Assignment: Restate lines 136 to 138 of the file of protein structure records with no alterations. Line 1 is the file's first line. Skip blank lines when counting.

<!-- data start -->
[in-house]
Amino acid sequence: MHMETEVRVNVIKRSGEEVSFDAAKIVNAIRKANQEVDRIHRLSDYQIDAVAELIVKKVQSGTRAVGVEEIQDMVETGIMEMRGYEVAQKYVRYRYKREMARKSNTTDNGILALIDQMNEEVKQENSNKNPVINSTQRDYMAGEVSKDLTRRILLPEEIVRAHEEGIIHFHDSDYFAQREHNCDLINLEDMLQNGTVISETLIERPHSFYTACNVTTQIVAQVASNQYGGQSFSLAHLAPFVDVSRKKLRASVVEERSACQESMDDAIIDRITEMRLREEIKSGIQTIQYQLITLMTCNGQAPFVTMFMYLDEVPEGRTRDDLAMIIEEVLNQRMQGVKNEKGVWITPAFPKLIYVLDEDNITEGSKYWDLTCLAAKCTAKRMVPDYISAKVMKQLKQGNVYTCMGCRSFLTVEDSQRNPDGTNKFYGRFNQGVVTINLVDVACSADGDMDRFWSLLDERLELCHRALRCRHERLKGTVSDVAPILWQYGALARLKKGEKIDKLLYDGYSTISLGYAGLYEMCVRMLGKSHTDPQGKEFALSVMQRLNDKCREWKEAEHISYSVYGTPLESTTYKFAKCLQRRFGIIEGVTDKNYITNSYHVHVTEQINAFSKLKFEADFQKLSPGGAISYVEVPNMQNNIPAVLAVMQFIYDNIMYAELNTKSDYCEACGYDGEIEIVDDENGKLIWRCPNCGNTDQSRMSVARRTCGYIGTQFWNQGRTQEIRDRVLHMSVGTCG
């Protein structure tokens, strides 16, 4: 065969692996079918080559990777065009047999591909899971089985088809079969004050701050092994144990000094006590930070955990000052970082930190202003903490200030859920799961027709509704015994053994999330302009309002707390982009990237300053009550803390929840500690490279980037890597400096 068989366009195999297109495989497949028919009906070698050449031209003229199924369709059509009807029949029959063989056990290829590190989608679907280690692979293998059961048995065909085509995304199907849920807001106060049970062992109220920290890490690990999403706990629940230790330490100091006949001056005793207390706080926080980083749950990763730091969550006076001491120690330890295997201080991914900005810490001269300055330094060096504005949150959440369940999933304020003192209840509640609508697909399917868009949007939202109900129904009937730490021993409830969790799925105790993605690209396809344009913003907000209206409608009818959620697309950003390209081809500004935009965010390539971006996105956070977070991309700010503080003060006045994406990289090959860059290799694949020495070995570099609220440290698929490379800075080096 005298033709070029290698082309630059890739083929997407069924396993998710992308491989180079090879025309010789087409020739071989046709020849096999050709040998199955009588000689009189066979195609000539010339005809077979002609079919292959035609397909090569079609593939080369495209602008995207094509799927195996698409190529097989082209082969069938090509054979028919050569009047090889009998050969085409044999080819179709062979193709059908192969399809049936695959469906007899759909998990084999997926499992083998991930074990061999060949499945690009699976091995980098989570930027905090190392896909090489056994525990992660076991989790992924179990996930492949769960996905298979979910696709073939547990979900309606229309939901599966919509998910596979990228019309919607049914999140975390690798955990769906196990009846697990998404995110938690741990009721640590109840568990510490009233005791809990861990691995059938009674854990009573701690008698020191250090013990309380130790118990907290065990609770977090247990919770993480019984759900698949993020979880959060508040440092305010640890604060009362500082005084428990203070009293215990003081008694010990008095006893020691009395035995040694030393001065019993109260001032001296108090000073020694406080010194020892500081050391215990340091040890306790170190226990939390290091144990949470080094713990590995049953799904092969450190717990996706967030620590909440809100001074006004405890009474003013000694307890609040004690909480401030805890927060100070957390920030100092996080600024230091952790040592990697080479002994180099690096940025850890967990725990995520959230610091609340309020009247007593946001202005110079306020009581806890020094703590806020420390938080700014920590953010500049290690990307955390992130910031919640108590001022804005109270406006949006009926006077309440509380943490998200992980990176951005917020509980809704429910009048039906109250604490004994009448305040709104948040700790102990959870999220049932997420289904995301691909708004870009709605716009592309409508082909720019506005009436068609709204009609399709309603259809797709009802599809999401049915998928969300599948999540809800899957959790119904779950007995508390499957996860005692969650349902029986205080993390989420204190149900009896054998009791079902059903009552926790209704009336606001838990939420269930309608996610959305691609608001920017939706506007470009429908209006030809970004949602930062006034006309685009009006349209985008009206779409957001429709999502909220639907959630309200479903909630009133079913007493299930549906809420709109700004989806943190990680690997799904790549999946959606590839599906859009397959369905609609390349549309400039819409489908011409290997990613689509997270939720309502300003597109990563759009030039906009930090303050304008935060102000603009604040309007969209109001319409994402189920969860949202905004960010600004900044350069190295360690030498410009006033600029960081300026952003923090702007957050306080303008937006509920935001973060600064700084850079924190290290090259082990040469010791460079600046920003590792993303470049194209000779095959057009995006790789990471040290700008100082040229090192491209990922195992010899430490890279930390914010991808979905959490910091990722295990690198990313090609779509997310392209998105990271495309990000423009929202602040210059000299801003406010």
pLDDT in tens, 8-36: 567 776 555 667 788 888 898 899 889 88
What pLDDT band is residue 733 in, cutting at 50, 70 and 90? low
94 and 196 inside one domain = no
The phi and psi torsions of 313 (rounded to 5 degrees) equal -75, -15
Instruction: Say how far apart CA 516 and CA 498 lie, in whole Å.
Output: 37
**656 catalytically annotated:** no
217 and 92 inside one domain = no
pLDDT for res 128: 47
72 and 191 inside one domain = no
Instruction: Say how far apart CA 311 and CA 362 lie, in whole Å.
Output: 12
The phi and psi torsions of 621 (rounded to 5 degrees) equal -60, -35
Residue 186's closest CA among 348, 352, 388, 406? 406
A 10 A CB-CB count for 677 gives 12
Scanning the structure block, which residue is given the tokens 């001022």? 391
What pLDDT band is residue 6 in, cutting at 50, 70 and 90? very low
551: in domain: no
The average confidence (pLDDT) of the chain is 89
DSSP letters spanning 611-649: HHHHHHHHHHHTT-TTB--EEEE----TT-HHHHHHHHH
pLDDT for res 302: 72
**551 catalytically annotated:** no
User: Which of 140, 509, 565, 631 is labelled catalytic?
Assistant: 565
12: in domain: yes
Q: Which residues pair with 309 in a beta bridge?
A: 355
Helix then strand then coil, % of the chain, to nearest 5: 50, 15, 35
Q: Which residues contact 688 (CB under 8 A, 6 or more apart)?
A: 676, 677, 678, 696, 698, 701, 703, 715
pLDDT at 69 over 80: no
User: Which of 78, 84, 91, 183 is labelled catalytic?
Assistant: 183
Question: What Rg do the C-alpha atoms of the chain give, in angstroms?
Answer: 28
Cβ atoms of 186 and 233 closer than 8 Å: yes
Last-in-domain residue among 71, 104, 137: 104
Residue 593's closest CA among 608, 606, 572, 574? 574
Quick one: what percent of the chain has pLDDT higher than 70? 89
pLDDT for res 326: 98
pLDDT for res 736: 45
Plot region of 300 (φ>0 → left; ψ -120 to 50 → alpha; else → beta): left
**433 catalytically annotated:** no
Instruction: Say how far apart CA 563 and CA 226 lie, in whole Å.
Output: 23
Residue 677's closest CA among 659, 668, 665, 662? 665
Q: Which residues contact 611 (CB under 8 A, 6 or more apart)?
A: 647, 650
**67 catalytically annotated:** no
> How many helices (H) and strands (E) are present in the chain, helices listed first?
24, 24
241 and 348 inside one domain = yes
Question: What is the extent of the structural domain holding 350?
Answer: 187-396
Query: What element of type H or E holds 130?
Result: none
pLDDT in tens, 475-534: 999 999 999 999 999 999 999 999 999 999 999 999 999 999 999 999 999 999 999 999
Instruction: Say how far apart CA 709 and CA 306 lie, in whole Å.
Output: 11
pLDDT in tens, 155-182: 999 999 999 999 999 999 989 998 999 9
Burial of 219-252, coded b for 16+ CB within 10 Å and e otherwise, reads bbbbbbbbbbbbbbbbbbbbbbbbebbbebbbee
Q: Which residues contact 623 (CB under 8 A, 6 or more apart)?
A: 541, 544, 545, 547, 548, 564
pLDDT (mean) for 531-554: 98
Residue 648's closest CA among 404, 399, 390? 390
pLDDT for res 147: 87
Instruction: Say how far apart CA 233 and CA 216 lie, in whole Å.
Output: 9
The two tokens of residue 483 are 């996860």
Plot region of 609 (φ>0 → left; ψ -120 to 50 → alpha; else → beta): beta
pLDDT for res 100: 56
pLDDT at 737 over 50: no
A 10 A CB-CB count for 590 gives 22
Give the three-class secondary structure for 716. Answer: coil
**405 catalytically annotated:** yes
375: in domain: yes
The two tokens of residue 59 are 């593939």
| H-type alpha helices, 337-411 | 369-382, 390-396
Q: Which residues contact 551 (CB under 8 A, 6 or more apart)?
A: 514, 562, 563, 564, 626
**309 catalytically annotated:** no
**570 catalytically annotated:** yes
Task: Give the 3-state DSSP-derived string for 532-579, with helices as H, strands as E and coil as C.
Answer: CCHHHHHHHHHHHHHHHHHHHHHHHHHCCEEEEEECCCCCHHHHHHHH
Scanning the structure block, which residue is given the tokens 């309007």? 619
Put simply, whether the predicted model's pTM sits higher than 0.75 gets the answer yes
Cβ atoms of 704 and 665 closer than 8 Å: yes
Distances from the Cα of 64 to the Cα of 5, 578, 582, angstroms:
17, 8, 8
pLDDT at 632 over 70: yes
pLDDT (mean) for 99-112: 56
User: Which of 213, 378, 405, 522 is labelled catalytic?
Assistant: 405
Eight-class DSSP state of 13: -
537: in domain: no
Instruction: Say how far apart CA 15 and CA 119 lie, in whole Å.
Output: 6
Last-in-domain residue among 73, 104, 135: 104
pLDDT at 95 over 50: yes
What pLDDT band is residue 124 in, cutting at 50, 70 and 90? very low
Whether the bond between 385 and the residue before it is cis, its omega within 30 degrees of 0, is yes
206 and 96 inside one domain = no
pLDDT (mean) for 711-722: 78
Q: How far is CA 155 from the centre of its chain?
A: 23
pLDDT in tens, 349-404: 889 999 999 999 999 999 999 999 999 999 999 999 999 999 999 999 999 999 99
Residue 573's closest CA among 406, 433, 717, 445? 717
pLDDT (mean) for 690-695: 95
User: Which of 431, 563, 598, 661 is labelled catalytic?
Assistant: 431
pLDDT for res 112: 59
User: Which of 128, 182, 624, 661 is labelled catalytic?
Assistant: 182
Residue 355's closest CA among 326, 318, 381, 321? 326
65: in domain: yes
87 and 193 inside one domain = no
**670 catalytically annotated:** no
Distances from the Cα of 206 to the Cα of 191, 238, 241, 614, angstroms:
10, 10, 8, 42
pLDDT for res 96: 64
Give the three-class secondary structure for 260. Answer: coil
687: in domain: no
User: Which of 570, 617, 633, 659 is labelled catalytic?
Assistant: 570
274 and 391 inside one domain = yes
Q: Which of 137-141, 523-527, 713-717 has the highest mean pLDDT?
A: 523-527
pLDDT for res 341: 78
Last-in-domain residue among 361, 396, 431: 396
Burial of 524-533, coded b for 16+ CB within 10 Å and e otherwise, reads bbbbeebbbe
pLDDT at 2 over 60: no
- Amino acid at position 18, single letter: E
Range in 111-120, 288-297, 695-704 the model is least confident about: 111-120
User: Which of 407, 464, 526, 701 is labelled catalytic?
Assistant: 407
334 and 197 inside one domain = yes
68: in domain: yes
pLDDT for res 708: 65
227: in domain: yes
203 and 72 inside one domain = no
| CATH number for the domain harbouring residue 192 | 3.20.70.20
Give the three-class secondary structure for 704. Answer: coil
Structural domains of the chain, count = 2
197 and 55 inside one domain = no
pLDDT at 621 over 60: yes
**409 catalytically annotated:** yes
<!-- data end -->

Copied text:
Range in 111-120, 288-297, 695-704 the model is least confident about: 111-120
User: Which of 407, 464, 526, 701 is labelled catalytic?
Assistant: 407